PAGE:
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ENERGY FROM BIOMASS

Biomass has been a renewable form of energy, known to humans for many years. By biomass we mean any material that comes from living organisms such as wood and other forest products, agricultural residues, livestock waste, food industry waste, municipal waste, etc., which can be used as fuel for energy production. Biogas is a methane-rich gas produced from organic waste and can be used to generate heat and electricity, but also as fuel for internal combustion engines.

Biomass is a bound and stored form of solar energy, a result of the photosynthetic activity of plants, and is mainly composed of compounds that have basic elements as carbon and hydrogen. The main forms of biomass are:

  • Agricultural by-products (crop residues, processing residues of agricultural products such as fruit pits, kernel etc.).
  • Livestock waste and waste.
  • Biomass of forest origin.
  • Energy plants (cane, myrtle, sweet sorghum, eucalyptus, etc.).
  • Organic part of municipal solid waste

Advantages of biomass power generation technologies:

  • Combustion of biomass has a zero carbon dioxide (CO2) balance and does not contribute to the greenhouse effect,
  • The low sulfur content in biomass contributes significantly to the reduction of sulfur dioxide (SO2) emissions responsible for acid rain.
  • Since biomass is a domestic energy source, its use of energy contributes significantly to reducing dependence on imported fuels and improving the trade balance, securing energy supply and saving on foreign exchange.
  • Energy utilization of biomass in a region contributes to the overall development of the agricultural and agro-industrial sectors and to stimulating agricultural income.
Mobirise

Wood heating is an example of using biomass as an energy source and has been known for many years. Today the main applications of biomass as a renewable energy source are:

  • Greenhouse heating: biomass is used as fuel in suitable boilers for greenhouse heating.
  • Heating buildings with biomass combustion in individual / central boilers: individual / central kernel boilers are used to heat buildings.
  • Energy production in agricultural industries: used by agricultural industries where biomass is produced in significant quantities as a residue or by-product of the production process and has increased heat requirements. Olive mills, oil mills, rice industries and canning industries burn their residues (ginning residues, kernel, bark and pellets, respectively) to meet their thermal needs and / or part of their electricity needs.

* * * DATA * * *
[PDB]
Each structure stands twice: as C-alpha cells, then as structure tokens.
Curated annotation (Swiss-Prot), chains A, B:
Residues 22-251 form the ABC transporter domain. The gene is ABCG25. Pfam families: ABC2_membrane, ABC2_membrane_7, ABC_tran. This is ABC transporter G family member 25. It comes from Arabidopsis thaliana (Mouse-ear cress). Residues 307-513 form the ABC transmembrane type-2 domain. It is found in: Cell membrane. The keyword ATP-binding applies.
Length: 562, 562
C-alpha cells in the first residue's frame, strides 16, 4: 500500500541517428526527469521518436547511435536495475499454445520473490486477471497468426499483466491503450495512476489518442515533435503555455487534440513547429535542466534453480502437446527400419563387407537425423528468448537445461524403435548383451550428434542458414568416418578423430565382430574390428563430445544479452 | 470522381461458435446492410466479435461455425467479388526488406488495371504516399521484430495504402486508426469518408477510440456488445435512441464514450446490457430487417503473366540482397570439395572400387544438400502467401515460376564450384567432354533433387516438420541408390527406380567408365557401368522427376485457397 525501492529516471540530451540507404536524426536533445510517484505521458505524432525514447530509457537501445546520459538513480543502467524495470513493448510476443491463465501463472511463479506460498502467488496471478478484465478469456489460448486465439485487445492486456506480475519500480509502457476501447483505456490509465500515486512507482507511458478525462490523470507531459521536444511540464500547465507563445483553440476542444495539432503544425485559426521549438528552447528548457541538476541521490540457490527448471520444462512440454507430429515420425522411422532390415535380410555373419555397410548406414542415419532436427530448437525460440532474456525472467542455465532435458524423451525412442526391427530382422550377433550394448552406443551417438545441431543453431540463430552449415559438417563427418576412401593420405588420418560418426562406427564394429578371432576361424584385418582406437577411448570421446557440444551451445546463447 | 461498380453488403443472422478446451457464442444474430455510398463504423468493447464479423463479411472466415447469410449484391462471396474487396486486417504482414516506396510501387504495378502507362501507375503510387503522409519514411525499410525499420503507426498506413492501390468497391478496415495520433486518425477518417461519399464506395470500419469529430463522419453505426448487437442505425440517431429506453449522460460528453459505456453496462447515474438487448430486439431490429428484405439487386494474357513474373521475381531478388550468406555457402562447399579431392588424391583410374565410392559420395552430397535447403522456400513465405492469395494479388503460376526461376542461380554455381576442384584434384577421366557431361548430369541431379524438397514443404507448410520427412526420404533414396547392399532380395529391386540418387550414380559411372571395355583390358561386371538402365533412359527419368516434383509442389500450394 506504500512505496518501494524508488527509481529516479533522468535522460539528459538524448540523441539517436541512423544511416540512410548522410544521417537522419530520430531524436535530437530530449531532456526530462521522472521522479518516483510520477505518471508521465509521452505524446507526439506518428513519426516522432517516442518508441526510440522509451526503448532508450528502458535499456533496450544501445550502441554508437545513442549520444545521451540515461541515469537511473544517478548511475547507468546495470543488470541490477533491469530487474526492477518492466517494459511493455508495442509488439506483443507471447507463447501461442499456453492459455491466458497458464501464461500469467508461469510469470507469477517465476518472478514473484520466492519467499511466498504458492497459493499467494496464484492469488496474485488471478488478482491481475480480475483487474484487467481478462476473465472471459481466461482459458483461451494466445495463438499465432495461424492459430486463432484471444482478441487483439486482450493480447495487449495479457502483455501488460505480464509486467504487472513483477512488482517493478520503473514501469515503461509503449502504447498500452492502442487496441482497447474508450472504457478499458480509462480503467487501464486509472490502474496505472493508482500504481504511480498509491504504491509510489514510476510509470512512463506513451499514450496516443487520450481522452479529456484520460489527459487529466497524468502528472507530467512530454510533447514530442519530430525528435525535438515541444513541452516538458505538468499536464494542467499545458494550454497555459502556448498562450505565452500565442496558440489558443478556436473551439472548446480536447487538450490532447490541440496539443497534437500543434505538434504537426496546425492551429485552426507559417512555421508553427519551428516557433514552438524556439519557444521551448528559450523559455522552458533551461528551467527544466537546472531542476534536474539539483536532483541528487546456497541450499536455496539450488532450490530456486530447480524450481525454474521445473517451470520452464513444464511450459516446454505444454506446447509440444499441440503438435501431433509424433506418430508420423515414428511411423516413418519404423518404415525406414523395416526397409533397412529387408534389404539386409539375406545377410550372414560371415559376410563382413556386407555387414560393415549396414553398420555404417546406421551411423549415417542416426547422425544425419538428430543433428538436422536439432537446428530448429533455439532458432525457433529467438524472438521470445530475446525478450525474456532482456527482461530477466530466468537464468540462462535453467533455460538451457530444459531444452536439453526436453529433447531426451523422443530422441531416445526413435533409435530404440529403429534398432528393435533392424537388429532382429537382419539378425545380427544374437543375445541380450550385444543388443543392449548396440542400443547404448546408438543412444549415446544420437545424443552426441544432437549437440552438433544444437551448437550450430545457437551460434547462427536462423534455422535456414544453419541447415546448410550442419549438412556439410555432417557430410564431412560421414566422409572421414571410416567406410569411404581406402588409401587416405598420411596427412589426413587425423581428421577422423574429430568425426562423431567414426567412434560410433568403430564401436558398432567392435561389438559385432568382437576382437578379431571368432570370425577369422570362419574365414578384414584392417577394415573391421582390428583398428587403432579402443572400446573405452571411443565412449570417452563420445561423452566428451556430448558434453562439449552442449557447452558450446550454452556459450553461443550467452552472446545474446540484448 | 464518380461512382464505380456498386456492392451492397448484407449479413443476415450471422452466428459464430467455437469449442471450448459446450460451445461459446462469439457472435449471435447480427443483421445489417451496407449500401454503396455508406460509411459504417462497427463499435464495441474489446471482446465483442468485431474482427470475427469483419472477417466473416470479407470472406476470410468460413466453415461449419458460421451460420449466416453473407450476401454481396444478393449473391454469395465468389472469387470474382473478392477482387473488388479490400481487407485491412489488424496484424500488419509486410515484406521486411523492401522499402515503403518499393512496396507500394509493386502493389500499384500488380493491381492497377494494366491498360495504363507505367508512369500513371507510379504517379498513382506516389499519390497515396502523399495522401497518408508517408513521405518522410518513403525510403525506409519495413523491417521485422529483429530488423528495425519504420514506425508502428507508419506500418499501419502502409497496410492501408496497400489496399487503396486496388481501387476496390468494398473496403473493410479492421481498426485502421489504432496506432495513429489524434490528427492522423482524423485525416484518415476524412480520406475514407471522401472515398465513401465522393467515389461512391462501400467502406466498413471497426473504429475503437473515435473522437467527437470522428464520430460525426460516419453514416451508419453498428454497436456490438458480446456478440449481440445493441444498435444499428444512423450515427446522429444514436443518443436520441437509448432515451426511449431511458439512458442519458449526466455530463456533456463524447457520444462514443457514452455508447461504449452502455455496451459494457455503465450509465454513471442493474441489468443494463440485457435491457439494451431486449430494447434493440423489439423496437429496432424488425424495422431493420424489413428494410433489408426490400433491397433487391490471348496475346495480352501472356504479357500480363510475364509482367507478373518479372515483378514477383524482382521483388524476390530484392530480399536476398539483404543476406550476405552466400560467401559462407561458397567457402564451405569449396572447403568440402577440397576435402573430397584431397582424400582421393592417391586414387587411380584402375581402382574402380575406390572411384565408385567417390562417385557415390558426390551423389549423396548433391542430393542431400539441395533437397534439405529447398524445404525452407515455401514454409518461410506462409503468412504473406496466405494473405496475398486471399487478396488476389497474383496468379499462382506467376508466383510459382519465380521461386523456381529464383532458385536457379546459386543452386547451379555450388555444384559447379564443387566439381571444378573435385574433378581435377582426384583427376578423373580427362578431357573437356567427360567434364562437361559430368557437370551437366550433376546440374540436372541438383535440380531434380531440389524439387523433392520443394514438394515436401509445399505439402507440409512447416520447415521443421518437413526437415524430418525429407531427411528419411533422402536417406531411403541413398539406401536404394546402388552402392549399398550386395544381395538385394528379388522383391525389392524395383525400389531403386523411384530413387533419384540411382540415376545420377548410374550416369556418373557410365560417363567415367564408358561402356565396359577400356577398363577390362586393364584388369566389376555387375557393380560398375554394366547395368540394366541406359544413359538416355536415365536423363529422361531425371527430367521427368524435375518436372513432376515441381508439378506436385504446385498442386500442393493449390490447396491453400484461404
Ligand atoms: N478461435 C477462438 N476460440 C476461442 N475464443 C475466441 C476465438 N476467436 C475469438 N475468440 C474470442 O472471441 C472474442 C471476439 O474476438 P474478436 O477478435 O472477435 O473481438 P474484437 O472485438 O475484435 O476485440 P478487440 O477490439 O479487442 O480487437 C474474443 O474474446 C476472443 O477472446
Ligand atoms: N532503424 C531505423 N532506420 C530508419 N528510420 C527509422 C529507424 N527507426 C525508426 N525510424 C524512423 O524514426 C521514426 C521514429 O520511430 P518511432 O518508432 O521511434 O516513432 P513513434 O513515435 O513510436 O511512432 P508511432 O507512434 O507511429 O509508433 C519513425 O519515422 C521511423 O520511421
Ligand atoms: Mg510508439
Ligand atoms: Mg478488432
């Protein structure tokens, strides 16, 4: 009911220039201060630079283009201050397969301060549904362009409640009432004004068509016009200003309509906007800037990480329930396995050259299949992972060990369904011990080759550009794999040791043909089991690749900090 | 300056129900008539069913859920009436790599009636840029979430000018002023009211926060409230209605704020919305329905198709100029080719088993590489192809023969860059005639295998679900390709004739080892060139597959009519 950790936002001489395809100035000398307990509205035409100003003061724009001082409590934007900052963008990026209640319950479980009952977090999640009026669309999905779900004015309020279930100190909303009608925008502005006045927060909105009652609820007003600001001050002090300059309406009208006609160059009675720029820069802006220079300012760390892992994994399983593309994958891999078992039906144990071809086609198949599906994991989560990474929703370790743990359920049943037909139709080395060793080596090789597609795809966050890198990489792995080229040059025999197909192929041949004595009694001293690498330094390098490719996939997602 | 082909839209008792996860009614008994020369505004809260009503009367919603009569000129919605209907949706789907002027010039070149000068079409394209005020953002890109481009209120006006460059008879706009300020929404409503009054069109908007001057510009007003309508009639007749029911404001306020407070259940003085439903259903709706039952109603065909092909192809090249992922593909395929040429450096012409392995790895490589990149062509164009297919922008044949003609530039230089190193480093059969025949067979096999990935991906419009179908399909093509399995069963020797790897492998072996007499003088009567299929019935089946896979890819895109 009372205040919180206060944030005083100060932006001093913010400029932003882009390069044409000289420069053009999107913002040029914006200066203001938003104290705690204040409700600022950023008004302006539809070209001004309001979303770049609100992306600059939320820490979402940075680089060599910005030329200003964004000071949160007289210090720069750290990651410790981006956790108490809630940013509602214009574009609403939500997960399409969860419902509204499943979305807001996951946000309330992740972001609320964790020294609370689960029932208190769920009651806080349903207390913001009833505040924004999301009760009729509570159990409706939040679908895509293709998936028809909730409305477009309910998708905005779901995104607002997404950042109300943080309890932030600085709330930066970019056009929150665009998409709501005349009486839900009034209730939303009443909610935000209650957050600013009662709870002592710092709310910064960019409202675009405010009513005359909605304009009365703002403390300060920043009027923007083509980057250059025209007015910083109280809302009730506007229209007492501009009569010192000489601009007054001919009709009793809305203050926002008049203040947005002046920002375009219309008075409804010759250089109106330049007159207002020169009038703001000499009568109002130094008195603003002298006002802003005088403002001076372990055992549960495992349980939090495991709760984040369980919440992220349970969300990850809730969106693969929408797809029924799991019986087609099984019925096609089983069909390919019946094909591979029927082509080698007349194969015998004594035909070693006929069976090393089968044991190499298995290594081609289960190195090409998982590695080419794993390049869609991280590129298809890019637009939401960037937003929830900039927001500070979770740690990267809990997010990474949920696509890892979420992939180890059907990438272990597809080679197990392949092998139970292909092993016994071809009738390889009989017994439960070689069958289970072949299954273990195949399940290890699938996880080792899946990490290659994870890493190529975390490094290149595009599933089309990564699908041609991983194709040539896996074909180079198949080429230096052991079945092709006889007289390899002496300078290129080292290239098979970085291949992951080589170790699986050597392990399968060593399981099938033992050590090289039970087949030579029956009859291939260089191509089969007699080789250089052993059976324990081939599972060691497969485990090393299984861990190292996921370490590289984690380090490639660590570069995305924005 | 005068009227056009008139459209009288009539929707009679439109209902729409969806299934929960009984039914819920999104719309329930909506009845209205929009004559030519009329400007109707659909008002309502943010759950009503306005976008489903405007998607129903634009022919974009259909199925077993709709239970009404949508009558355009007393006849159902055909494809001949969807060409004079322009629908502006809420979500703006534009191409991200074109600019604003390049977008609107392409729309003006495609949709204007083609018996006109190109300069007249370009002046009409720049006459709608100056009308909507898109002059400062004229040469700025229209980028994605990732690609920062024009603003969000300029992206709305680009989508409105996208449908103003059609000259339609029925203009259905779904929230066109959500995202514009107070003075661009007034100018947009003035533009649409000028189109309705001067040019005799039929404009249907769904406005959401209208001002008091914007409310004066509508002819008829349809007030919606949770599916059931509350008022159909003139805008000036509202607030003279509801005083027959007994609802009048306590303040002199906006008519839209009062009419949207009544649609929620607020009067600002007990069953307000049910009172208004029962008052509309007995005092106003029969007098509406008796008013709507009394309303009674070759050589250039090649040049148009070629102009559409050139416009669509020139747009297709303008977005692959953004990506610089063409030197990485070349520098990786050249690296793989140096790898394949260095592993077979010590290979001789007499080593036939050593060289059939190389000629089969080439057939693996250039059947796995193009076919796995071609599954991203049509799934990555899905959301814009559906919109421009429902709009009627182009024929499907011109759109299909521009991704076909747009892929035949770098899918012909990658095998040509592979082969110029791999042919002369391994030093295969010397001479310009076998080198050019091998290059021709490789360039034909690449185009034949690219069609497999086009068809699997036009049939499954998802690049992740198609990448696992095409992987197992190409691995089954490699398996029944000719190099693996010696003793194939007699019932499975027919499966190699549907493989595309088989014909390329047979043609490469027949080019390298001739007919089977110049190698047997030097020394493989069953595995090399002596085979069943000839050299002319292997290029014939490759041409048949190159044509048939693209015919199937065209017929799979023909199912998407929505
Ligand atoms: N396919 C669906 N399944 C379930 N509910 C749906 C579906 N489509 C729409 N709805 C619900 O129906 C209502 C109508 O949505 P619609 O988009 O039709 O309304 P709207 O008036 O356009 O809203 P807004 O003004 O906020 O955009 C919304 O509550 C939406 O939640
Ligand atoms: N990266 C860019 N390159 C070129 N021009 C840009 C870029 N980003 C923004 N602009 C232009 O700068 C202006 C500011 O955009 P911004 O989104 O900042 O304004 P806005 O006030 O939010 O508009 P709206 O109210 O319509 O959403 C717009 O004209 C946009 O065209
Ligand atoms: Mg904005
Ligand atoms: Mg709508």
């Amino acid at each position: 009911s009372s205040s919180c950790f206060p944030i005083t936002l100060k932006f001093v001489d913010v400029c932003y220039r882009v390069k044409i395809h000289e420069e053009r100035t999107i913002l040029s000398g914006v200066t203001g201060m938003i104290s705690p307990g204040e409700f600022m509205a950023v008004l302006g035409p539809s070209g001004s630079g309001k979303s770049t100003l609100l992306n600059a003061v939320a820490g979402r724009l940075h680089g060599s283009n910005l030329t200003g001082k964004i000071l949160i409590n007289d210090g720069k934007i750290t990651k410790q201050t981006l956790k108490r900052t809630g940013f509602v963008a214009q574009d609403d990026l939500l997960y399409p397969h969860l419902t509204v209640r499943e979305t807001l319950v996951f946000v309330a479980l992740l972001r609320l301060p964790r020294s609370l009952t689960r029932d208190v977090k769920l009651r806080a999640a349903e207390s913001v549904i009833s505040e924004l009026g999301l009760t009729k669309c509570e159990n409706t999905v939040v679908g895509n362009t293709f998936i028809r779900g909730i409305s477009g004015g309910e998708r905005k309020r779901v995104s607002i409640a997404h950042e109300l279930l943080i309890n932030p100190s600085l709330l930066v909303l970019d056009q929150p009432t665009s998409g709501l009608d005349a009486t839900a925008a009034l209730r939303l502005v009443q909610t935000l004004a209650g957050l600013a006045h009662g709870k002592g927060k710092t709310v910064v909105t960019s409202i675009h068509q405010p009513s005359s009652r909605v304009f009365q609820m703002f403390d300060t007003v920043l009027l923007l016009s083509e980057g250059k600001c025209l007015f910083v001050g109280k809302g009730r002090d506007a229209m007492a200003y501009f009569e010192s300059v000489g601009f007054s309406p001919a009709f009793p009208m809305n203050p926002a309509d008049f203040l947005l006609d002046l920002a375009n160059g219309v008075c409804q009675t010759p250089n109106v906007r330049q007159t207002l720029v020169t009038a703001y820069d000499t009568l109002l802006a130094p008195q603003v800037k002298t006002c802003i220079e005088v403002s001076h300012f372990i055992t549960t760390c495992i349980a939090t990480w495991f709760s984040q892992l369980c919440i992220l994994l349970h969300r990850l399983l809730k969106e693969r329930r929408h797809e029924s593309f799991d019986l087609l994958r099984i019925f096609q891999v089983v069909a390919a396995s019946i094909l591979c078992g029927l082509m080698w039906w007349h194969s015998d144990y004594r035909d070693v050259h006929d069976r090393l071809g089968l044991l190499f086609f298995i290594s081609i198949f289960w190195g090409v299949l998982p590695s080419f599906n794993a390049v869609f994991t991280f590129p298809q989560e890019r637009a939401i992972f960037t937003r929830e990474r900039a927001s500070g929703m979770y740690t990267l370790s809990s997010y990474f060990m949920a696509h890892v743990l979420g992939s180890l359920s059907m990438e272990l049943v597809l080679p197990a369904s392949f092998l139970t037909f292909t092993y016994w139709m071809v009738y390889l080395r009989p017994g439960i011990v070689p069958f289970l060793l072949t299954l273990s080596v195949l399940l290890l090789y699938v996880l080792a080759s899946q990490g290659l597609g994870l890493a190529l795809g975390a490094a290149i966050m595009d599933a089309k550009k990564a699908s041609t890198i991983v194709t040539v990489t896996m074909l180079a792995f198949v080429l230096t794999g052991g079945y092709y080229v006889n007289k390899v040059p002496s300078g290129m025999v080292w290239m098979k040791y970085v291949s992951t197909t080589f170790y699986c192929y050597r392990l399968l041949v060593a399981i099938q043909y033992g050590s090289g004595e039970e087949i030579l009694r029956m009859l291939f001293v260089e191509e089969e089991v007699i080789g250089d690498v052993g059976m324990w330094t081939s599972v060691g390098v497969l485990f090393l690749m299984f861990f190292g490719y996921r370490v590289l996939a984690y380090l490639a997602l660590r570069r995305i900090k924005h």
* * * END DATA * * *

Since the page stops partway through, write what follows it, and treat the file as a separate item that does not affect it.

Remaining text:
• Energy production in wood industries: The residues of wood processing industries (sawdust, powder, razors, etc.) are used to meet the thermal needs of the process as well as to heat buildings.
  • District heating: is the supply of space heating as well as hot water to a set of buildings, a settlement, a village or a city, from a central heat station using biomass as fuel. Heat is transferred through a pre-insulated pipeline from the station to the heated buildings.
  • Biogas Power Generation: Biogas produced from biomass is burned in internal combustion engines to generate electricity. At the same time, the thermal energy of the exhaust gas and the engine coolant may be utilized to meet process and / or other heating needs (eg building heating).
  • Production of biofuels. Liquid fuels produced by different types of biomass. Biofuels are produced from vegetable materials, specific crops and from recycled or used seed oils. The use of biofuels in vehicles has the effect of reducing carbon dioxide emissions from the transport sector.

Biogas

Biogas, which is a renewable energy source, is produced by anaerobic digestion of mainly livestock wastes (wastewater from pigs, greenhouses or wastes from bio-purification plants), industrial waste and sewage, as well as from municipal organic waste (bio-waste) landfill - landfill). It is typically made up of 65% methane and 35% carbon dioxide and can be used to generate heat and electricity (their combination, ie electricity and heat cogeneration), as well as fuel for internal combustion engines. One cubic meter of biogas replaces 0.66 liters of diesel or 0.75 liters of oil or 0.85 kg of carbon. The economics of a biogas plant are based on the fact that the raw material has zero or negative value, while its products are undoubtedly of commercial value.

In the last two decades in Europe, the ever-increasing problem of waste and waste disposal, the search for alternative energy sources as well as the world's environmental awareness have made biogas production an economically acceptable and environmentally friendly process.

Nowadays its application extends from very small livestock farms to very large biological treatment plants. There are more than 700 biogas plants operating in Europe that process animal waste or combine different types of waste from agricultural sources. The strong growth of biogas plants is due to the high concentration of livestock per unit area. The development of livestock farming has led to the production of huge quantities of animal waste and the creation of intractable problems in their treatment and disposal in the environment. The development of biogas technologies offers a number of advantages and environmental benefits such as:

  • saving money for farmers,
  • improved lubrication efficiency,
  • reduced greenhouse gas emissions,
  • economically and environmentally acceptable waste recycling,
  • reduced odors and presence of insects,
  • possibilities for reducing pathogens.
Mobirise

A biogas plant not only offers the potential to utilize the biogas energy potential, but also participates in the overall treatment of the waste produced by its poultry farming activity, reducing its pollutant load.

Gasification systems

Biomass gasification is a process that converts organic or mineral materials based on carbon, carbon monoxide, hydrogen and carbon dioxide, methane, water vapor, traces of hydrocarbons and nitrogen. In addition to the above compounds in the gaseous product there are various contaminants, the main ones being tar particles, ash, ammonia, acids and complex hydrocarbons.